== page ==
The difference between a boning knife and a filleter knife is quite unclear. However, both are similar, and the choice depends on the kind of use you intend to use them for.
What is a Boning Knife?
Boning knives like Dexter Boning or Russel are used after carving knives. So after you have done the carving and you need to do some closer work with your knife, that’s when you need a boning knife. So, it is especially useful for trimming around bones and so forth, as well as for cleaning. Also, if you’re breaking up a chicken or turkey into parts when you’re cleaning it, you should use your boning knife.
- Usually 5-6 inches in length (also available with up to 9 inches length)
- Highly maneuverable to remove bones
- Highly flexible
- Sharp tip
- Available in stiff (meant for tougher meat) and flexible (for thinner cuts) built.
- Also available with arched blades
IMPORTANT CONSIDERATION: A flexible boning knife often causes injuries.
What is a Fillet Knife?
Fillet knives are designed to cut a variety of fishes, such as salmon and trout. Besides their thickness and flexibility, they are also easier to use with little practice than normal kitchen knives. Using their flat edges and rounded tips, you can easily make precise cuts along a fish’s spine.
- Blade lengths are from 4-9 inches
- Extremely pointing tip for piercing the meat
- Ideal for skins with tender
We personally recommend the Dexter Russell Fillet Knife for its matchless quality.
Boning Knives vs Fillet Knives
|Fillet knives are useful for more than just the finicky kitchen.||Boning knives are also used in the seafood industry; they’re designed to slice fish flesh without removing the meat from the bone.|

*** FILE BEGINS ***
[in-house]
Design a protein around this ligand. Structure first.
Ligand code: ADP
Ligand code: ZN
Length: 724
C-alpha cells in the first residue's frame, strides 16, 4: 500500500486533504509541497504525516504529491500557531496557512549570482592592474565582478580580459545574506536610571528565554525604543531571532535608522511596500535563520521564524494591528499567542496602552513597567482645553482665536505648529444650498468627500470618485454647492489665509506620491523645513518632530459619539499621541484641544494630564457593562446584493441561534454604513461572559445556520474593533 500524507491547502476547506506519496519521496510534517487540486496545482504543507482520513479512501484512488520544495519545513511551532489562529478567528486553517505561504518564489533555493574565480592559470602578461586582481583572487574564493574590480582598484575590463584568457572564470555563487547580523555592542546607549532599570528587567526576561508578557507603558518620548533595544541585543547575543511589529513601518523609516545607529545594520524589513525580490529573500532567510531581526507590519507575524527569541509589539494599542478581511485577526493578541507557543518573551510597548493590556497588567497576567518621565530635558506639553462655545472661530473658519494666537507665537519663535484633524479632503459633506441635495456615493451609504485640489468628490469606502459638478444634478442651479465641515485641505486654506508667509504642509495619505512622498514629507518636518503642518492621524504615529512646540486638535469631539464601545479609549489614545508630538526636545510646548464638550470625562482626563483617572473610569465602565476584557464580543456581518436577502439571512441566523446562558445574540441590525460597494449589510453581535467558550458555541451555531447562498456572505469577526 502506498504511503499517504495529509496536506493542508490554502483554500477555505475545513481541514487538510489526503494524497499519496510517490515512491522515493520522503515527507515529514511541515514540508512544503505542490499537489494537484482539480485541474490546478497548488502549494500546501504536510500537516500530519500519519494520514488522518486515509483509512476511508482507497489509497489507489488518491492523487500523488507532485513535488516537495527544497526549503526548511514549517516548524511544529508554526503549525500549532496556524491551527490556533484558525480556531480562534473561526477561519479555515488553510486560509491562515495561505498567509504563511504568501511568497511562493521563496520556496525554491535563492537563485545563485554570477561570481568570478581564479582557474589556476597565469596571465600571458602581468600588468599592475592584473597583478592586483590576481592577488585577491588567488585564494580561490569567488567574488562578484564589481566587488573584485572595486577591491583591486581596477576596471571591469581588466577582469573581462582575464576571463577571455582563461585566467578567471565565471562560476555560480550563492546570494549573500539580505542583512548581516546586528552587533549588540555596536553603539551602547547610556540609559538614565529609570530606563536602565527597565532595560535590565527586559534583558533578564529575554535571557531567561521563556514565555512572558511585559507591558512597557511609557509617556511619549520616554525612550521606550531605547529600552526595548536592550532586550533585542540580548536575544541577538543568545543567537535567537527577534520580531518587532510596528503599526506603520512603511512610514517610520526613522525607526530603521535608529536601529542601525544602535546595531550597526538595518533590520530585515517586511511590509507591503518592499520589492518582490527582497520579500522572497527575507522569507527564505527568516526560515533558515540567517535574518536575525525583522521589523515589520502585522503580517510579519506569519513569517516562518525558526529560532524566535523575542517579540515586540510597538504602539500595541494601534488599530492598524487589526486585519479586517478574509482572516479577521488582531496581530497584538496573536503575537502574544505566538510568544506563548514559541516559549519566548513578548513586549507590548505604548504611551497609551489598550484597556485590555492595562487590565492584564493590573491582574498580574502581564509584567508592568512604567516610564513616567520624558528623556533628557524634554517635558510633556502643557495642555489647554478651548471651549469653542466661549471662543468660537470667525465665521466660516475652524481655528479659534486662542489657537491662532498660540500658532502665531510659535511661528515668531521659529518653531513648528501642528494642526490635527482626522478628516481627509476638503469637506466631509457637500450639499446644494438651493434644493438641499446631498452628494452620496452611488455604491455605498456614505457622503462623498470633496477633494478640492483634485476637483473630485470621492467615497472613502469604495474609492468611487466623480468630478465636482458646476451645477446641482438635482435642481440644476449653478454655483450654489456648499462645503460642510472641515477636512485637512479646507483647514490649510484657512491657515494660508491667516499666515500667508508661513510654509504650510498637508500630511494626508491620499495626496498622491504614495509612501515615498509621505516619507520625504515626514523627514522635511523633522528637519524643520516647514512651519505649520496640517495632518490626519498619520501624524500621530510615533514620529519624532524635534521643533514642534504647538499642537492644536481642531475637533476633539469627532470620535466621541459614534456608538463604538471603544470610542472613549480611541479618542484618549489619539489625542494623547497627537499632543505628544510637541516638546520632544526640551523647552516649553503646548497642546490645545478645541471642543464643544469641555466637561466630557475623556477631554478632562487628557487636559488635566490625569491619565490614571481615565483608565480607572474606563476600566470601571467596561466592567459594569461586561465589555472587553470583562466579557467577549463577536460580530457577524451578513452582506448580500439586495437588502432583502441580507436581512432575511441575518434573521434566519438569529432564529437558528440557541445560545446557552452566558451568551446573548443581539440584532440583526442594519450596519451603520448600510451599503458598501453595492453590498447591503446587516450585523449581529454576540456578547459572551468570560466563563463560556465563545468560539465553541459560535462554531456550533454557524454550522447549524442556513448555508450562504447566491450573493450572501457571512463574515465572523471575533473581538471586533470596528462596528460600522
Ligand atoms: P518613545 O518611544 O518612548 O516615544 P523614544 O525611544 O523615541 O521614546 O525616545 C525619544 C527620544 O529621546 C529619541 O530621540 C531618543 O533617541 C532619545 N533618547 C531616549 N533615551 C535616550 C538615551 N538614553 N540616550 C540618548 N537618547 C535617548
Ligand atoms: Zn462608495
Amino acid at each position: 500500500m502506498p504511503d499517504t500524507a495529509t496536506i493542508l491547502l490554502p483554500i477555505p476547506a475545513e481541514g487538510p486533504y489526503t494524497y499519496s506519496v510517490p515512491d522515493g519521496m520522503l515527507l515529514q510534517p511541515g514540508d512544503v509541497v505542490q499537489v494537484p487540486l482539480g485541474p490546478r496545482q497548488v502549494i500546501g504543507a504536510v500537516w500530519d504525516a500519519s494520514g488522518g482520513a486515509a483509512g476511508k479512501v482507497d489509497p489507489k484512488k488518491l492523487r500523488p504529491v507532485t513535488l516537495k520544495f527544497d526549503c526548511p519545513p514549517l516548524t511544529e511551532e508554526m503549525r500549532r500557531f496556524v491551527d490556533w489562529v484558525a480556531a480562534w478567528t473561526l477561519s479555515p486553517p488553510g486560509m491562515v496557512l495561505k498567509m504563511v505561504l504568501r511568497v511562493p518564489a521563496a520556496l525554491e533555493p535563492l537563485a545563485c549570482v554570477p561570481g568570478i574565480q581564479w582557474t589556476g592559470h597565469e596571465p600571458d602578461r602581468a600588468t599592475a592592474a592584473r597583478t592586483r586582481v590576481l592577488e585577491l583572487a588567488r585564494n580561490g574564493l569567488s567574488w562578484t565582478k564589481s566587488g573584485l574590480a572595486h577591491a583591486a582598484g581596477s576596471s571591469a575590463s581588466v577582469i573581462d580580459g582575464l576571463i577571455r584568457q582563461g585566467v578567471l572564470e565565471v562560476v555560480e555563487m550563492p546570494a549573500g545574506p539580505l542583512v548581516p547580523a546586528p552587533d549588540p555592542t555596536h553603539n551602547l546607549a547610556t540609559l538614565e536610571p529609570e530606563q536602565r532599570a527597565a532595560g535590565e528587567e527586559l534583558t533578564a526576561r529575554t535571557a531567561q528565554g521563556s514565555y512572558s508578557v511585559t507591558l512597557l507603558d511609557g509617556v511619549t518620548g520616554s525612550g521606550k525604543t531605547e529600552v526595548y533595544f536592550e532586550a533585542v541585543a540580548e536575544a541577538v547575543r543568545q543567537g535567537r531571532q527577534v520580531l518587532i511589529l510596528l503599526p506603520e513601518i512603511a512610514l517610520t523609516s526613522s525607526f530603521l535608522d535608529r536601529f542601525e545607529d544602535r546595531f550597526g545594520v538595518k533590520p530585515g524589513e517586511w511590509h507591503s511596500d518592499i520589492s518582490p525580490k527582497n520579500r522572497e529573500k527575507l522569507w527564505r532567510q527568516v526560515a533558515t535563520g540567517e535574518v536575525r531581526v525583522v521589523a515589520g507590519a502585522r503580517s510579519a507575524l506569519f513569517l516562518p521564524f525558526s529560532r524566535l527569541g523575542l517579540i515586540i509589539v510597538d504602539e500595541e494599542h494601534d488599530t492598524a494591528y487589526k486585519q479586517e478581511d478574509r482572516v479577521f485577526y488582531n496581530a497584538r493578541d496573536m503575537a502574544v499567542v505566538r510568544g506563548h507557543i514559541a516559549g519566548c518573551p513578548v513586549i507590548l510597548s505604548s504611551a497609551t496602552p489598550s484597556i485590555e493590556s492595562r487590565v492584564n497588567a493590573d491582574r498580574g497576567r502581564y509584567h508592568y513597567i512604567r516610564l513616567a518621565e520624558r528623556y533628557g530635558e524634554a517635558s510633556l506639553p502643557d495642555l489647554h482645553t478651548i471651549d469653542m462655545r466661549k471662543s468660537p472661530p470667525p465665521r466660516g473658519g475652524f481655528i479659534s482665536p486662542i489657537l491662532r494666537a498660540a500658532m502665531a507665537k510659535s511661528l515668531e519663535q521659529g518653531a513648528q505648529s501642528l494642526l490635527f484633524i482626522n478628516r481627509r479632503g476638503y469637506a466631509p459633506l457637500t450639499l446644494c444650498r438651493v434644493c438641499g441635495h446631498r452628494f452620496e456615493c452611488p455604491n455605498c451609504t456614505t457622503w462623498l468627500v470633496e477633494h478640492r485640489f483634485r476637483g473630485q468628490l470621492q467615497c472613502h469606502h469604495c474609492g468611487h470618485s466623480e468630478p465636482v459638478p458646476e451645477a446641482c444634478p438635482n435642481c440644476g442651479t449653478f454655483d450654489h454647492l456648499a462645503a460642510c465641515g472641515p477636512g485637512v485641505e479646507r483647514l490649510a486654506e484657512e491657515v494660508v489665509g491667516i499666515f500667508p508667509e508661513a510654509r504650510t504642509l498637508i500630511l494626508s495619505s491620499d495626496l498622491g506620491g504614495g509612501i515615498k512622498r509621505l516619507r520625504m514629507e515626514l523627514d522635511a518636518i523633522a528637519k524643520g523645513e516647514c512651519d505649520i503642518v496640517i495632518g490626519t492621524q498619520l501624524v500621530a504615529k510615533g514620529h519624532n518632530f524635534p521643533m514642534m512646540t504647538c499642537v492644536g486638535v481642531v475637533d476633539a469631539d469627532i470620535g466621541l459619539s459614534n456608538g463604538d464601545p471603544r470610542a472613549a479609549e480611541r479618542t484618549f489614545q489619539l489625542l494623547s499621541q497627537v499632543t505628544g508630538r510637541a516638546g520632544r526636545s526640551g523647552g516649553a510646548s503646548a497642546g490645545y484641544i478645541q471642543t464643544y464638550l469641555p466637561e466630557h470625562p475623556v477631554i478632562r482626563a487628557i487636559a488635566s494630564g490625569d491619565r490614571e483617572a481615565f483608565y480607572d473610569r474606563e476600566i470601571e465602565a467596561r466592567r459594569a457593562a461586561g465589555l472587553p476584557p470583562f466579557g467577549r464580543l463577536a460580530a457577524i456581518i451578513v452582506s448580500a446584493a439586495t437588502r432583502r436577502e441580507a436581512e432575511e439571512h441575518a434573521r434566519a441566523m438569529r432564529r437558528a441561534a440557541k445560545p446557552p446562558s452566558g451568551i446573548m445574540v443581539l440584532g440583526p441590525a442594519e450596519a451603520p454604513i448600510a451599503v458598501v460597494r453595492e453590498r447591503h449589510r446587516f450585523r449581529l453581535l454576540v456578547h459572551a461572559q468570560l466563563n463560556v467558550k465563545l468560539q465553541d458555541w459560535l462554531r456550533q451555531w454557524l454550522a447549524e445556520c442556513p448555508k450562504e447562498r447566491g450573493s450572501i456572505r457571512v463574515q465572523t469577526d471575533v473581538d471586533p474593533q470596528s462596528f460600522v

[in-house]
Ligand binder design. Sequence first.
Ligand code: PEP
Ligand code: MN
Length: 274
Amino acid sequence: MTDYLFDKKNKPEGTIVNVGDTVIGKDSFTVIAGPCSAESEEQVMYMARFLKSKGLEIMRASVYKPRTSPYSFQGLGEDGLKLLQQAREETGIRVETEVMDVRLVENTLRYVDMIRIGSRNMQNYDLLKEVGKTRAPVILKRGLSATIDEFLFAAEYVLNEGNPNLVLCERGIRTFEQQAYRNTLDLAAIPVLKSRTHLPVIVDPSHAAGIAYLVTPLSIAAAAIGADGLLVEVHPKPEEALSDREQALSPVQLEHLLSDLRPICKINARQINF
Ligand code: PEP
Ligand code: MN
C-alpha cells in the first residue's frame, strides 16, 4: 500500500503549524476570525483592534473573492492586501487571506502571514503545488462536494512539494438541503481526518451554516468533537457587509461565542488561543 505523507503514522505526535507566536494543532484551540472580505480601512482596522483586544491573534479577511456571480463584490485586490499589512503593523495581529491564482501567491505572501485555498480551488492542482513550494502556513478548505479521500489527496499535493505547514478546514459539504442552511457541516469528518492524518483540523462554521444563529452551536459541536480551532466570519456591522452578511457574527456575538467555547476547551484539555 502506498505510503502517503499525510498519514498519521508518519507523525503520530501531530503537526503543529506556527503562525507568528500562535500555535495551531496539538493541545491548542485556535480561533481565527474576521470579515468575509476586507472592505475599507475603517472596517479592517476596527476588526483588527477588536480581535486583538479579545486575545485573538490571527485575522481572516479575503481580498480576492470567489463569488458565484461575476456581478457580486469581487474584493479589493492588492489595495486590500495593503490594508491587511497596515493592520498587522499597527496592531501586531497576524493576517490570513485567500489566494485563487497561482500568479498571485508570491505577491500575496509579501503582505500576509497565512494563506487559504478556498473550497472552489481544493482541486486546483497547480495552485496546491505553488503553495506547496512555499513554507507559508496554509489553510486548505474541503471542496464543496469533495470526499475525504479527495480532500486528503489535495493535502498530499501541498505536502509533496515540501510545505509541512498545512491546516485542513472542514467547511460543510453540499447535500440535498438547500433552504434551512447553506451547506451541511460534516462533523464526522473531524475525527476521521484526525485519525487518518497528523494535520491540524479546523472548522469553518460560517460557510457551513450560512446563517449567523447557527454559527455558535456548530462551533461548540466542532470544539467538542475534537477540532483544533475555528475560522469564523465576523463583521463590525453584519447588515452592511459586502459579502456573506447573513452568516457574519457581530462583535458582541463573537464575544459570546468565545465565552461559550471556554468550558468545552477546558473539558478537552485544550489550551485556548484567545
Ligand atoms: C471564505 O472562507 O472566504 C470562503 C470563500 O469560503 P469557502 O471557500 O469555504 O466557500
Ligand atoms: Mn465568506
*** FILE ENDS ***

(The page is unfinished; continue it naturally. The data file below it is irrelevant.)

|Most chefs agree that fillet knives are the best choice for delicate fish fillets such as salmon, tuna, and sea bass.||Boning knives are typically made of stainless steel or carbon steel but are sharpened on a whetstone.|
|Many commercial fishing boats will use fish fillets because they’re easy to handle and keep the fish fresh for longer.||Some say boning knives are better for removing skin from large cuts of meat. This is because the edge on a fillet knife is so keen that it tends to tear through the skin and meat.|
A boning knife is duller and requires a steady hand to remove the skin. The result of this difference is that many home cooks prefer fillet knives for ease of use but have reservations about using them on meat.
If you’re going to buy a good chef’s knife, go for the fillet blade because it is better suited for tasks like slicing bread and mincing herbs. The boning knife is better for peeling, cutting vegetables, and carving meats. You can also choose a fillet knife over a boning knife because it is much less expensive. However, it boils down to your cooking habits.